Activist judges who believe the propaganda on “lifesaving” “gender-affirming” care for minors are weeping into their lattes this month as a second federal appellate court has just upheld a duly enacted state law banning these practices for children.
A few short weeks after the U.S. Court of Appeals for the 6th Circuit upheld Tennessee’s law banning “gender-affirming” care for minors in the state, the 11th Circuit followed suit and upheld Alabama’s law prohibiting the same.
In an opinion for the unanimous three-judge panel written by Judge Barbara Lagoa, the court overturned a lower court order that had enjoined a portion of Alabama’s Vulnerable Child Compassion and Protection Act.
The act makes it a felony, punishable to up to 10 years in prison, to administer “gender-affirming care” to minors—including chemical castration and radically transformative body modification procedures.
The state’s appeal from the lower court’s decision halting the law centered specifically on section 4(a)(1)-(3), the portion of the law banning the administration of puberty blockers or “cross-sex hormones.”
But as the 6th Circuit did in its decision upholding the Tennessee law, the 11th Circuit wasted no time in both overturning the lower court decision and going so far as to hold that the lower court had abused its discretion in applying the wrong standard of judicial review.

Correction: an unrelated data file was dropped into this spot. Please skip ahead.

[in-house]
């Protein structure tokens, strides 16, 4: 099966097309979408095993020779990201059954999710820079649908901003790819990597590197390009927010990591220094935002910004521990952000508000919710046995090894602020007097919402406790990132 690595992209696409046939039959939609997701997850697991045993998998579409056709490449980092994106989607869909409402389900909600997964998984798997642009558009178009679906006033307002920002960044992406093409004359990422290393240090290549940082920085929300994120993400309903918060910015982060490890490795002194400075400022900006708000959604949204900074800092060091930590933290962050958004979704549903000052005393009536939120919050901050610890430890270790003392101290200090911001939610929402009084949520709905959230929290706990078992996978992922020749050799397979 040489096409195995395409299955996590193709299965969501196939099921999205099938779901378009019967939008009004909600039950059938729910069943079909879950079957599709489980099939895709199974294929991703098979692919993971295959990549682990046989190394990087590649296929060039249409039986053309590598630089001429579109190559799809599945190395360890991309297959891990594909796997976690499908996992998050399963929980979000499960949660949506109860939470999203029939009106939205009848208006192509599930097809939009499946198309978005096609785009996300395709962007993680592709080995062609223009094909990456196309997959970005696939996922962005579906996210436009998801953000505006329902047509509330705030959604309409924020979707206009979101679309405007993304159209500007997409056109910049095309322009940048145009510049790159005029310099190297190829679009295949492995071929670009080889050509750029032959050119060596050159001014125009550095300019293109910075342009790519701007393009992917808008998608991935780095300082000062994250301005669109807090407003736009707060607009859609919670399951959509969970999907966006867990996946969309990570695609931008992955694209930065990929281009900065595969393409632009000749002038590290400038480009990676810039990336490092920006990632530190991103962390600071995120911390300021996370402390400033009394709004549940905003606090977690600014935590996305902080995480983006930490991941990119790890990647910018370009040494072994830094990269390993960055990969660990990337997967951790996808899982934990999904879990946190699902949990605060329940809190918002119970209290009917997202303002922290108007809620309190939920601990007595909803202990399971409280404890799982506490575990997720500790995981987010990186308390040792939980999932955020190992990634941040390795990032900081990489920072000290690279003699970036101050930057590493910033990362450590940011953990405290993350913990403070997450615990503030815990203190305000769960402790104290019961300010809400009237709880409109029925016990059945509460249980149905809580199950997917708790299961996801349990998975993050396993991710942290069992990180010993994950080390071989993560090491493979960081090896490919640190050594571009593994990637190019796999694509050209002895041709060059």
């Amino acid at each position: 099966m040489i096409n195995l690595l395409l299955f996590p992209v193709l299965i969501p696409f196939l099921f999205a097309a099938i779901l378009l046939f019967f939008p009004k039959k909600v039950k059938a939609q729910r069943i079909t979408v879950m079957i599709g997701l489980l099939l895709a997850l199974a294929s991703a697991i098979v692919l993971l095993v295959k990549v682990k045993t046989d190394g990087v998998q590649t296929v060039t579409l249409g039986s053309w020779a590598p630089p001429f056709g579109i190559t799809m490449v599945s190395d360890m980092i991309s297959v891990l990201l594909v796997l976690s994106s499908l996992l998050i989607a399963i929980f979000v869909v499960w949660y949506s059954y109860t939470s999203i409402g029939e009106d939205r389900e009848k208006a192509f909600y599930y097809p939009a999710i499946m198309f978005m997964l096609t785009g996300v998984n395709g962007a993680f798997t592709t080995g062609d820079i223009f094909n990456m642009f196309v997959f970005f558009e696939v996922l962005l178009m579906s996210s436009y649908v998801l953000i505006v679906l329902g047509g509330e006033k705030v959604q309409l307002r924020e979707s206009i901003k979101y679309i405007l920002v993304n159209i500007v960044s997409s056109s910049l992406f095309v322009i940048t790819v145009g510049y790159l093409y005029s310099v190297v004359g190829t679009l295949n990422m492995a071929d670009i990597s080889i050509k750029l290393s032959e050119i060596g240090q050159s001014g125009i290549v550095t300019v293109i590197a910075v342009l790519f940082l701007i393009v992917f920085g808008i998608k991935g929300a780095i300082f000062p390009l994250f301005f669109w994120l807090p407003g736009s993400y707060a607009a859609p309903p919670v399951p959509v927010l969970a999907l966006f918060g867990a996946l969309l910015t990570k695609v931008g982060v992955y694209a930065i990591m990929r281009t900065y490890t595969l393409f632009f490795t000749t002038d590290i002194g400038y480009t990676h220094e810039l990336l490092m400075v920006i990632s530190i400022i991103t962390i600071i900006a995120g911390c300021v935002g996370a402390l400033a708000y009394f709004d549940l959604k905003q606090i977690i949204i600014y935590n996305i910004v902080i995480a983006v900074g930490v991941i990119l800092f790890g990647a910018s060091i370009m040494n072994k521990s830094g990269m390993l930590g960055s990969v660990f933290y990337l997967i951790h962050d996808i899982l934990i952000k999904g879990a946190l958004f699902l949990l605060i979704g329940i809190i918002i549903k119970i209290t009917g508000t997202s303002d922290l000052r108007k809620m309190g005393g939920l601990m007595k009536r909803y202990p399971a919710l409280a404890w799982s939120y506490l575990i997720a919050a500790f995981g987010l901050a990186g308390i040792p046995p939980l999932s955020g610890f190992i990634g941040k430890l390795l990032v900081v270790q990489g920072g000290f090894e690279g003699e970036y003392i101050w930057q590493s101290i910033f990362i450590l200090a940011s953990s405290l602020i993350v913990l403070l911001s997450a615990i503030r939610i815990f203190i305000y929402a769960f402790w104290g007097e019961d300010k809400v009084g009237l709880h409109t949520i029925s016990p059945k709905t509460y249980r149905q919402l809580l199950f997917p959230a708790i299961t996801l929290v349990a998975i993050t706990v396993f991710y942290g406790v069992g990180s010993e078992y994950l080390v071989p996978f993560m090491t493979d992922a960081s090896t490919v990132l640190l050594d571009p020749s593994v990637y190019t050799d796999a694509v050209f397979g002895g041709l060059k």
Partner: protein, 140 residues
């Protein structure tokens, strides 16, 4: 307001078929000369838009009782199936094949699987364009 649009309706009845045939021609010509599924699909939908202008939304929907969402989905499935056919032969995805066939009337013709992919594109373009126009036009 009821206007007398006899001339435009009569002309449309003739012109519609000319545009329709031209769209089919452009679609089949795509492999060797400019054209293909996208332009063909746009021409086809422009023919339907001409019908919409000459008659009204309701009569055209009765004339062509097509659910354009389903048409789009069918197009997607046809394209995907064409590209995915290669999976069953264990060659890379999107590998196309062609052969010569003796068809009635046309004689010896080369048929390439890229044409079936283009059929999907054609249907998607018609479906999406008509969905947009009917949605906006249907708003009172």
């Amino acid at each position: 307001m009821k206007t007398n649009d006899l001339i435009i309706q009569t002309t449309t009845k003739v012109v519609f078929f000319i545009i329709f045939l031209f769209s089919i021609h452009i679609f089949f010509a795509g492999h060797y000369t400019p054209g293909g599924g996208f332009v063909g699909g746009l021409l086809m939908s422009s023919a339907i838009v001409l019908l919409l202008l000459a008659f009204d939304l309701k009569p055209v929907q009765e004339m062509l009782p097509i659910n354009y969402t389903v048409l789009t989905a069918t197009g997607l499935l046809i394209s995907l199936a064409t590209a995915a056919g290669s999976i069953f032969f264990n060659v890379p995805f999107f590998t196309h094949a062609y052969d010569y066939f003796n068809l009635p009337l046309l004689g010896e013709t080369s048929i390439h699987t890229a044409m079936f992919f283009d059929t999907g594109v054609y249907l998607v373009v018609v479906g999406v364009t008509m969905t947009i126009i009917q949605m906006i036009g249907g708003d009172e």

Lagoa wrote, “The plaintiffs have not presented any authority that support the existence of a constitutional right to ‘treat [one’s] children with transitioning medications subject to medically accepted standards.’ Nor have they shown that [the law] classifies on the basis of sex or any other protected characteristic. Accordingly, section 4(a)(1)-(3) is subject only to rational basis review.”
There are three standards for judicial review when a court must determine the constitutionality of a particular law: the rational basis test, the intermediate scrutiny test, and the strict scrutiny test.
The intermediate and strict scrutiny tests are more restrictive standards of review than rational basis, and more difficult for a state to satisfy. Rational basis, however, is used when no fundamental right (such as free speech, voting, or religion) or suspect classification (such as race or national origin) is at issue. Under this standard, the state must simply show that the law is rationally related to a legitimate governmental interest.